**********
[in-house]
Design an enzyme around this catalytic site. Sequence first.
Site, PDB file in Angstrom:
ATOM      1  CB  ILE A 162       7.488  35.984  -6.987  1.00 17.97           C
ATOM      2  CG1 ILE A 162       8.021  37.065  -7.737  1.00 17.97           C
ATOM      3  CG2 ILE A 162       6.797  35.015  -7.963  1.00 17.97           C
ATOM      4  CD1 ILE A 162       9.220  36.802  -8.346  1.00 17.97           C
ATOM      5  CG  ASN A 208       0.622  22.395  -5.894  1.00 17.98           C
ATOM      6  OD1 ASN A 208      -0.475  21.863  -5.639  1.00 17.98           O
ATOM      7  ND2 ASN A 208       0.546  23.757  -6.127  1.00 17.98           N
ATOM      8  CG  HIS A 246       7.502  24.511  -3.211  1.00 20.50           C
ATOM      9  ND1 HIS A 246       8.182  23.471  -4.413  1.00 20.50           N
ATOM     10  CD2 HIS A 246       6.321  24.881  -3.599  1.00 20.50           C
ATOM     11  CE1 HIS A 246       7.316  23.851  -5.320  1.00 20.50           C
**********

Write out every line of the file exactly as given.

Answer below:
[in-house]
Design an enzyme around this catalytic site. Sequence first.
Site, PDB file in Angstrom:
ATOM      1  CB  ILE A 162       7.488  35.984  -6.987  1.00 17.97           C
ATOM      2  CG1 ILE A 162       8.021  37.065  -7.737  1.00 17.97           C
ATOM      3  CG2 ILE A 162       6.797  35.015  -7.963  1.00 17.97           C
ATOM      4  CD1 ILE A 162       9.220  36.802  -8.346  1.00 17.97           C
ATOM      5  CG  ASN A 208       0.622  22.395  -5.894  1.00 17.98           C
ATOM      6  OD1 ASN A 208      -0.475  21.863  -5.639  1.00 17.98           O
ATOM      7  ND2 ASN A 208       0.546  23.757  -6.127  1.00 17.98           N
ATOM      8  CG  HIS A 246       7.502  24.511  -3.211  1.00 20.50           C
ATOM      9  ND1 HIS A 246       8.182  23.471  -4.413  1.00 20.50           N
ATOM     10  CD2 HIS A 246       6.321  24.881  -3.599  1.00 20.50           C
ATOM     11  CE1 HIS A 246       7.316  23.851  -5.320  1.00 20.50           C